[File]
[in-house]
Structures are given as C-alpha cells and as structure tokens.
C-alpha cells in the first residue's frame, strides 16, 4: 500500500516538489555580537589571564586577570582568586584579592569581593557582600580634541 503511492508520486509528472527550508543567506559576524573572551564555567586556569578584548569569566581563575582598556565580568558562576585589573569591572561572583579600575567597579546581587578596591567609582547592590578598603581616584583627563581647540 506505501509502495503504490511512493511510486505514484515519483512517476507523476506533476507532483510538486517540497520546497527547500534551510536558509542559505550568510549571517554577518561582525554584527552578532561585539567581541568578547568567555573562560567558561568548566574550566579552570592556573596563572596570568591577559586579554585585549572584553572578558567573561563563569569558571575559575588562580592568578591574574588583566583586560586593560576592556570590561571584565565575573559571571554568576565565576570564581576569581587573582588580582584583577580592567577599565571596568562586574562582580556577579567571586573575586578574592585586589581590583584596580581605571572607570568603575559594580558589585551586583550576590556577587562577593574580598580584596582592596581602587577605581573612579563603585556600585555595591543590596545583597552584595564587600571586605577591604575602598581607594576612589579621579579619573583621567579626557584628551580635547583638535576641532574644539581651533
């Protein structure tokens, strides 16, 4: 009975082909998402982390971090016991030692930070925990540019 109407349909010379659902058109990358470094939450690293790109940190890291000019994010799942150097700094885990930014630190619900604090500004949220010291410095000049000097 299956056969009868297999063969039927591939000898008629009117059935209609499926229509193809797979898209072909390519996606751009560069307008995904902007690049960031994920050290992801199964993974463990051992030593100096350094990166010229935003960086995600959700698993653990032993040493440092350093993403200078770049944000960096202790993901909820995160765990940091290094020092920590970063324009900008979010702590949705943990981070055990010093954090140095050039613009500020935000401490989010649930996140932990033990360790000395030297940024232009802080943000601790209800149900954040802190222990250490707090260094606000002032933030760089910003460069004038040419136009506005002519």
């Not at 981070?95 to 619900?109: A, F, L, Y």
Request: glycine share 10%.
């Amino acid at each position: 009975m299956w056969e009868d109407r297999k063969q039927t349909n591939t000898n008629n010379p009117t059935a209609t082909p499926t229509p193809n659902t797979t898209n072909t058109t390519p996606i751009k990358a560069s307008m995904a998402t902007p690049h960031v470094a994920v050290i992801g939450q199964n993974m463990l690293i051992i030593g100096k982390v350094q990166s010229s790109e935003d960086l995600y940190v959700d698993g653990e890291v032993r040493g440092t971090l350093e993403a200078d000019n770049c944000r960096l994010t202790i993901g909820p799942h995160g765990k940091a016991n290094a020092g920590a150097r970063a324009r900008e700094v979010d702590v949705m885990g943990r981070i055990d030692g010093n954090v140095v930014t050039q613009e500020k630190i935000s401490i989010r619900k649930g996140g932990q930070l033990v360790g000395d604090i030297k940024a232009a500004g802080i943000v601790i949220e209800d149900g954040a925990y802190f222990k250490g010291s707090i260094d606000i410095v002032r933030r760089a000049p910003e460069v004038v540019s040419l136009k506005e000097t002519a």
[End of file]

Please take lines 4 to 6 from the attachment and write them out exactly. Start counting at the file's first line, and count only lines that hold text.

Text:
């Protein structure tokens, strides 16, 4: 009975082909998402982390971090016991030692930070925990540019 109407349909010379659902058109990358470094939450690293790109940190890291000019994010799942150097700094885990930014630190619900604090500004949220010291410095000049000097 299956056969009868297999063969039927591939000898008629009117059935209609499926229509193809797979898209072909390519996606751009560069307008995904902007690049960031994920050290992801199964993974463990051992030593100096350094990166010229935003960086995600959700698993653990032993040493440092350093993403200078770049944000960096202790993901909820995160765990940091290094020092920590970063324009900008979010702590949705943990981070055990010093954090140095050039613009500020935000401490989010649930996140932990033990360790000395030297940024232009802080943000601790209800149900954040802190222990250490707090260094606000002032933030760089910003460069004038040419136009506005002519």
């Not at 981070?95 to 619900?109: A, F, L, Y």
Request: glycine share 10%.